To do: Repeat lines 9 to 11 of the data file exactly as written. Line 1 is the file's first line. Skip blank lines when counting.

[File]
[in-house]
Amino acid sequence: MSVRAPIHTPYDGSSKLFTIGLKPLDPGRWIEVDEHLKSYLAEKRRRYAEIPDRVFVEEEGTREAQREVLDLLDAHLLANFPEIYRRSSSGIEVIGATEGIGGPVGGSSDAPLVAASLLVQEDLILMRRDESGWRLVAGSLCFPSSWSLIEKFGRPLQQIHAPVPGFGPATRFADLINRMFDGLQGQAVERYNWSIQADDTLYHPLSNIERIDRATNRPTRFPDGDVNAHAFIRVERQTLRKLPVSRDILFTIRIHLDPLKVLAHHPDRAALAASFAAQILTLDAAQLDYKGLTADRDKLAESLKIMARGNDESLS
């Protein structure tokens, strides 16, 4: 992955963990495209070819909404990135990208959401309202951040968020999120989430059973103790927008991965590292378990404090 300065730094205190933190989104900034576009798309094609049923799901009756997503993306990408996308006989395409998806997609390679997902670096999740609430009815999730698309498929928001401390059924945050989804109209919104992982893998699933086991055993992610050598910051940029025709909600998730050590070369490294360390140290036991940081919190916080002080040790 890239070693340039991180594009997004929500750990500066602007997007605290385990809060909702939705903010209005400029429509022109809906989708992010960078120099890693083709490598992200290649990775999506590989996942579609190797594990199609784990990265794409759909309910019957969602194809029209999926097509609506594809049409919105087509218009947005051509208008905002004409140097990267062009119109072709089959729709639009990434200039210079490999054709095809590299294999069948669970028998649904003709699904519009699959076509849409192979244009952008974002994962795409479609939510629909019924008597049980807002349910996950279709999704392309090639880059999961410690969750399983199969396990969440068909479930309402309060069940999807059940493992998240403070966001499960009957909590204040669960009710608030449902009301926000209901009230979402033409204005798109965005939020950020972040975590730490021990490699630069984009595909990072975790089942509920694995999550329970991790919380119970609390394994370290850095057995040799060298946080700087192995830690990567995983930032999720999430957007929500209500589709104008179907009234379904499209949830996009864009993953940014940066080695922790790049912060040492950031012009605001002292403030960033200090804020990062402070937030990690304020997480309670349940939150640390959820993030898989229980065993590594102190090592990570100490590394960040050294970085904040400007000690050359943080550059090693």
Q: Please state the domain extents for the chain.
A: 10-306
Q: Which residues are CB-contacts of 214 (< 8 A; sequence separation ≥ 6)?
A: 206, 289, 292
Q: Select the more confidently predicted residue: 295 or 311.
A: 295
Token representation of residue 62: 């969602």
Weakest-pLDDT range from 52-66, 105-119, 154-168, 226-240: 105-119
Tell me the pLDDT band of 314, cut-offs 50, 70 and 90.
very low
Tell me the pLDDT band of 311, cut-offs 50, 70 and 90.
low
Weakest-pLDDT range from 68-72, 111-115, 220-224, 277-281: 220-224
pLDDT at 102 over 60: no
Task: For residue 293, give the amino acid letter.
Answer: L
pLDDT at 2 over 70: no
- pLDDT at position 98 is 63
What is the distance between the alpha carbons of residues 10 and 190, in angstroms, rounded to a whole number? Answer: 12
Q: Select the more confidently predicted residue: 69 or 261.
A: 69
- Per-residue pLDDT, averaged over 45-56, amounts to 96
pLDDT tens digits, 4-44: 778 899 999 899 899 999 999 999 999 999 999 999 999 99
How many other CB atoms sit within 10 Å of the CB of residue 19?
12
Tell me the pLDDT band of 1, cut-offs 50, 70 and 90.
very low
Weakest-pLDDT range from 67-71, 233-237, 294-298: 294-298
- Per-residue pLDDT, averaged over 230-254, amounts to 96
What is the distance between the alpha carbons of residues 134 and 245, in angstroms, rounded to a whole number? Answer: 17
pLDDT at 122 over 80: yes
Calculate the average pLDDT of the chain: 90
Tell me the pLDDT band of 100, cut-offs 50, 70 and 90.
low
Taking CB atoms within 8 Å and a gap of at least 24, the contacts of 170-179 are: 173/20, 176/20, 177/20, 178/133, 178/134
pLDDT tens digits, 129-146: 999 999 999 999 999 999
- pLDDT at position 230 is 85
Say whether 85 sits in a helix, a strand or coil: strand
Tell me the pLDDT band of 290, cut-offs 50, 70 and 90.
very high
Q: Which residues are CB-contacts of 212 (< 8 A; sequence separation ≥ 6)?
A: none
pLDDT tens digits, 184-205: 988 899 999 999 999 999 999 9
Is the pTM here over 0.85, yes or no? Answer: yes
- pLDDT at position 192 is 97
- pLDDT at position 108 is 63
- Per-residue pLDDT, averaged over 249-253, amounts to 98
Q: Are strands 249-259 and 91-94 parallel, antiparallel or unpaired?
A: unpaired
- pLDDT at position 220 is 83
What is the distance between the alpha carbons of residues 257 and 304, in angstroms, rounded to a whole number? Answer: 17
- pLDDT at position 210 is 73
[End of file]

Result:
A: 295
Token representation of residue 62: 């969602």
Weakest-pLDDT range from 52-66, 105-119, 154-168, 226-240: 105-119